British firms call for immediate $10.3 billion in COVID aid
January 19, 2021 08:48 AM NPT
FILE PHOTO: A man looks towards skyscrapers of the City of London financial district as he crosses Waterloo Bridge, amid the coronavirus disease (COVID-19) pandemic, in London, Britain, January 15, 2021. REUTERS/Toby Melville
LONDON, Jan 19: British firms called on Tuesday for another 7.6 billion pounds ($10.3 billion) of emergency government help, saying they cannot wait until finance minister Rishi Sunak’s March budget to learn if they will get more pandemic support.
With Britain back under lockdown and companies adjusting to life after Brexit, firms are taking big decisions about jobs and investment and need to know if their financial lifelines will be extended, the Confederation of British Industry said.
“We just have to finish the job. Now would be a very odd time to end that support,” CBI Director-General Tony Danker said in a statement.
Sunak has extended his support measures several times already and has said his response to the pandemic will cost 280 billion pounds during the current financial year, saddling Britain with a peacetime record budget deficit.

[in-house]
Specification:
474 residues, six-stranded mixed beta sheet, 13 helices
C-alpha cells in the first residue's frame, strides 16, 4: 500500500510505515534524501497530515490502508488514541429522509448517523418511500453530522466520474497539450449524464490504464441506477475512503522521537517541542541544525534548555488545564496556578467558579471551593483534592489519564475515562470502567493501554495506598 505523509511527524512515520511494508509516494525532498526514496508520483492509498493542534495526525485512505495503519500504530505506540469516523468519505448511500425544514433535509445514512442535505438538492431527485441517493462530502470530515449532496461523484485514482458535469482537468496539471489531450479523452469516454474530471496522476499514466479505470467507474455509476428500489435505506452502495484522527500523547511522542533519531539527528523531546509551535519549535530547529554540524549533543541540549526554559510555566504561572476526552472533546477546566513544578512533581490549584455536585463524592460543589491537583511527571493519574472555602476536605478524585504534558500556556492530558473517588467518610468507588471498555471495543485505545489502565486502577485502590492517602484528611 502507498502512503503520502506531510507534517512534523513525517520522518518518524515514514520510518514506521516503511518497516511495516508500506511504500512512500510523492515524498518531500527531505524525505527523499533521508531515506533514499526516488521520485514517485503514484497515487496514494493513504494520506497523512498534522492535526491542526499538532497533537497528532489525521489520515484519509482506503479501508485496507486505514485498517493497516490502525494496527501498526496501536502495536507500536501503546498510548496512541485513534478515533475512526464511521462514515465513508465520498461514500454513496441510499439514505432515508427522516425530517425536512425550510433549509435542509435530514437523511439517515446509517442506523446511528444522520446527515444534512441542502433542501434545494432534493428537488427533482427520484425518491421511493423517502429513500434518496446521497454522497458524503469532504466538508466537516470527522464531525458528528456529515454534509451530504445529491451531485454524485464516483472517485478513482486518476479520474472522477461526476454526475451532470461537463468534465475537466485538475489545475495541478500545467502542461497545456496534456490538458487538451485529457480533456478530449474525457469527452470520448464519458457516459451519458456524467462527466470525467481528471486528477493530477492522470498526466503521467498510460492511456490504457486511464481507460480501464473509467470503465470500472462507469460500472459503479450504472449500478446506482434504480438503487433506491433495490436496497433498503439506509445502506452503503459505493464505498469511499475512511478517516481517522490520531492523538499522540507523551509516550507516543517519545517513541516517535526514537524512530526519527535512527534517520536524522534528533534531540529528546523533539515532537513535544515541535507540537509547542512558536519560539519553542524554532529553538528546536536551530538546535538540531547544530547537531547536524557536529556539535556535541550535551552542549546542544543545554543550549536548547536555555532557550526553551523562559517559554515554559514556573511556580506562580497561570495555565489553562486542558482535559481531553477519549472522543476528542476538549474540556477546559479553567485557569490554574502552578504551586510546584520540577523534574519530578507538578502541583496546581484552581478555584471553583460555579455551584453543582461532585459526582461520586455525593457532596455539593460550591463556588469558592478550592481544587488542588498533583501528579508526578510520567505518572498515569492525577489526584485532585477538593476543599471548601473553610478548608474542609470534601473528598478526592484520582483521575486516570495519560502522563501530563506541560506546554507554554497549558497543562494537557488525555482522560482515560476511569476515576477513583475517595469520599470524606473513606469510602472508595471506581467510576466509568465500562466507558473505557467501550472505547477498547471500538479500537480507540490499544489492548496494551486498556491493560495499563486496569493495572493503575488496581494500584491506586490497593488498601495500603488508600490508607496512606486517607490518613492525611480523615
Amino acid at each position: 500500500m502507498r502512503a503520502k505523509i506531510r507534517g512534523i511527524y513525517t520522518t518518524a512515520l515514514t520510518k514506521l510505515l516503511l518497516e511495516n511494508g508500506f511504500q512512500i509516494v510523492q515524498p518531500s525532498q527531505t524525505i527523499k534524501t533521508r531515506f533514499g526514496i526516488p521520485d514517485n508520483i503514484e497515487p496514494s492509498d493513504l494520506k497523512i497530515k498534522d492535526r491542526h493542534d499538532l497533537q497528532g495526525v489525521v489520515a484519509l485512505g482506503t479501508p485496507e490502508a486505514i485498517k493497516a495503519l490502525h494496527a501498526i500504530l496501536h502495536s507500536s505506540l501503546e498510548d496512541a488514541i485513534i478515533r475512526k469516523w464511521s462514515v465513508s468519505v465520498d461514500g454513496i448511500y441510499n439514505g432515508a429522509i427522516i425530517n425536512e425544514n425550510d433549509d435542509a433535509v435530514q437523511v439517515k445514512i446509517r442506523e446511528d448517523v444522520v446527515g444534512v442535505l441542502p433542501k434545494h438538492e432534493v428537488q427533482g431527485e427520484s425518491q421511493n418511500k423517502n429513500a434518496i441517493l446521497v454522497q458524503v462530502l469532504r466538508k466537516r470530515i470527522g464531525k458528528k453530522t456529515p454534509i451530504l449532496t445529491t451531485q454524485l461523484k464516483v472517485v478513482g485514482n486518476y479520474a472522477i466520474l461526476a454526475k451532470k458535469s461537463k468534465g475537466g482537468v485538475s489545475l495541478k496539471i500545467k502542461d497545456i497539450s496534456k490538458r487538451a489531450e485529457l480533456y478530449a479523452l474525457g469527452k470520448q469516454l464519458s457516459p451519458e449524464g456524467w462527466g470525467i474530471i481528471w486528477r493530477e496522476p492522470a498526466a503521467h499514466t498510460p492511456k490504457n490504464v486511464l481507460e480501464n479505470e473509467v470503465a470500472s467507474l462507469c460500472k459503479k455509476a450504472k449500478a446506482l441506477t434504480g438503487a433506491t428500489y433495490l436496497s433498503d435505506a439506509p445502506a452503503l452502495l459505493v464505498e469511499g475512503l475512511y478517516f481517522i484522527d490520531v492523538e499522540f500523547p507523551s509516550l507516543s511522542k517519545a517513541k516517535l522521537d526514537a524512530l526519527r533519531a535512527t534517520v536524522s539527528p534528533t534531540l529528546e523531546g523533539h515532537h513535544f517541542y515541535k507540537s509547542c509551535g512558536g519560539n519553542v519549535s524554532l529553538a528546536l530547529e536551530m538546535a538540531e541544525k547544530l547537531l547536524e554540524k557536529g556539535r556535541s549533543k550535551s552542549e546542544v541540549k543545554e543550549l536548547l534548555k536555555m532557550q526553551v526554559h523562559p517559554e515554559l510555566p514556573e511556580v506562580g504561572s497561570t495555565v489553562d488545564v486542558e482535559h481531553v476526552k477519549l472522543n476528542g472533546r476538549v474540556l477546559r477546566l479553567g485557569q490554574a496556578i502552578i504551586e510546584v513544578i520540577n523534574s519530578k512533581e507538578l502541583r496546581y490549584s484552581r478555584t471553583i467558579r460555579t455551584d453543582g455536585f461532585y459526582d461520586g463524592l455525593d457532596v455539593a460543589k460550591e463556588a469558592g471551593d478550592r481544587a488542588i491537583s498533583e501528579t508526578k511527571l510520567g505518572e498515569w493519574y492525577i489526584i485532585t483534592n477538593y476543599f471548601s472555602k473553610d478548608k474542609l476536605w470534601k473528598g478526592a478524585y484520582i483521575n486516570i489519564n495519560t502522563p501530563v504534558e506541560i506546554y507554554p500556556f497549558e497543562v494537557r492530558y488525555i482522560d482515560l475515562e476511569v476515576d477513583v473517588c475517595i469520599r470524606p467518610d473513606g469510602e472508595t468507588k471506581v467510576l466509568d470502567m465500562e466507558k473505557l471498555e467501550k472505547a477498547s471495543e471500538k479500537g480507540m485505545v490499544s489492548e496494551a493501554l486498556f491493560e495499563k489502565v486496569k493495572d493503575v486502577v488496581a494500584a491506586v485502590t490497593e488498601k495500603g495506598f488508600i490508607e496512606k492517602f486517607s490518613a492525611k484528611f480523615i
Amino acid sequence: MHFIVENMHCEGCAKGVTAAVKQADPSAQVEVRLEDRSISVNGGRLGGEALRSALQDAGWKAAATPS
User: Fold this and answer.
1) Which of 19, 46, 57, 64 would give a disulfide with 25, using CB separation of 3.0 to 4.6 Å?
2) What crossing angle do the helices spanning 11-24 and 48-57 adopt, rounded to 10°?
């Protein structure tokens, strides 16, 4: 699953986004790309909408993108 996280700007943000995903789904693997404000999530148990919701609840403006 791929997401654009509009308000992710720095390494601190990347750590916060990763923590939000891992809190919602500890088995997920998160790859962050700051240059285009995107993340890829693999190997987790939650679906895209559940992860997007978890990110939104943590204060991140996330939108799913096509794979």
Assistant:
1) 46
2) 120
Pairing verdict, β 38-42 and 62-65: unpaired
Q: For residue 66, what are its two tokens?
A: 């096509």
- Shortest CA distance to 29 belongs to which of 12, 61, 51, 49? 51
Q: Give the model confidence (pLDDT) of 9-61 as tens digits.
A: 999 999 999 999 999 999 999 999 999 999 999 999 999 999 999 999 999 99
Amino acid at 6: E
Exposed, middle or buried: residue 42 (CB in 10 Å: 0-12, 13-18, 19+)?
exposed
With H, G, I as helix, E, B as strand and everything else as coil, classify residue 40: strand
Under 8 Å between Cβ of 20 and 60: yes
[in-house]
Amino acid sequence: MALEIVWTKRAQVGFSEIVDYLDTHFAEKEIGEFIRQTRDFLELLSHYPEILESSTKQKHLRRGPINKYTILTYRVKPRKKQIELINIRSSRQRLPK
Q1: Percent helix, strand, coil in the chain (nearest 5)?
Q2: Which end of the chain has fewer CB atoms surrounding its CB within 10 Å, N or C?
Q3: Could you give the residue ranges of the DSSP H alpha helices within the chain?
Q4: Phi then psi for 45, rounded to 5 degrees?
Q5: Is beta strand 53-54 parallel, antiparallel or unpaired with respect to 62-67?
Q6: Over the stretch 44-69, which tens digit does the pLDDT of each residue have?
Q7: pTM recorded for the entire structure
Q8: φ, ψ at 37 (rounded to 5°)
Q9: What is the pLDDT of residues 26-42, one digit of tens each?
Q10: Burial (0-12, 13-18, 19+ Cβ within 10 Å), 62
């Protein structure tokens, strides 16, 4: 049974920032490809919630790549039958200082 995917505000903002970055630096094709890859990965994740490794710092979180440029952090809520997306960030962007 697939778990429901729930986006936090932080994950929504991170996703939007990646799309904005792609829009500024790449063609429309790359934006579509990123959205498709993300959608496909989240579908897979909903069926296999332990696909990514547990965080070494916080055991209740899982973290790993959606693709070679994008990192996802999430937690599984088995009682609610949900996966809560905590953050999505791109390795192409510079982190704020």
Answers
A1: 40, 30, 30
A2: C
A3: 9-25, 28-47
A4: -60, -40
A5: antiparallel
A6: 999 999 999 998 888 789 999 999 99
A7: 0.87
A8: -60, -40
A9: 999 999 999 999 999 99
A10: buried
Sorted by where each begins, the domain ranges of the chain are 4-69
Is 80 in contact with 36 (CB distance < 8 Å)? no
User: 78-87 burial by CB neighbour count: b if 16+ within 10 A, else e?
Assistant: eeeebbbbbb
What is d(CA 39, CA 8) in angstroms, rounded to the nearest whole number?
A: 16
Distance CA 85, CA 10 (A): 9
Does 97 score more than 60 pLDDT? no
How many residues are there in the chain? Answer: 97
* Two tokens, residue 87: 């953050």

But he is facing calls on many fronts to spend yet more including from lawmakers, some from his Conservative Party, who want an emergency welfare benefit increase to be prolonged.
The CBI said Sunak should extend until June his broad job retention scheme, which is scheduled to expire in April, and then follow it up with targeted support for jobs in sectors facing a slow recovery such as aviation.
He should give firms more time to pay back value-added tax which was deferred last year, grant a similar deferral for early 2021 and extend a business rates tax exemption for companies forced to close by the lockdown as well as their suppliers.
“The rule of thumb must be that business support remains in parallel to restrictions and that those measures do not come to a sudden stop,” Danker said.
The CBI said its longer-term priority was an overhaul of the business rates system that it said was outdated and discouraging investment in low-carbon energy.
Danker said it was too soon to start raising Britain’s corporation tax rate, one of the lowest among rich economies after a Times report that Sunak was drawing up plans to increase it to start fixing the public finances.
“It would be wrong to raise business taxes when we don’t have a recovery,” Danker said.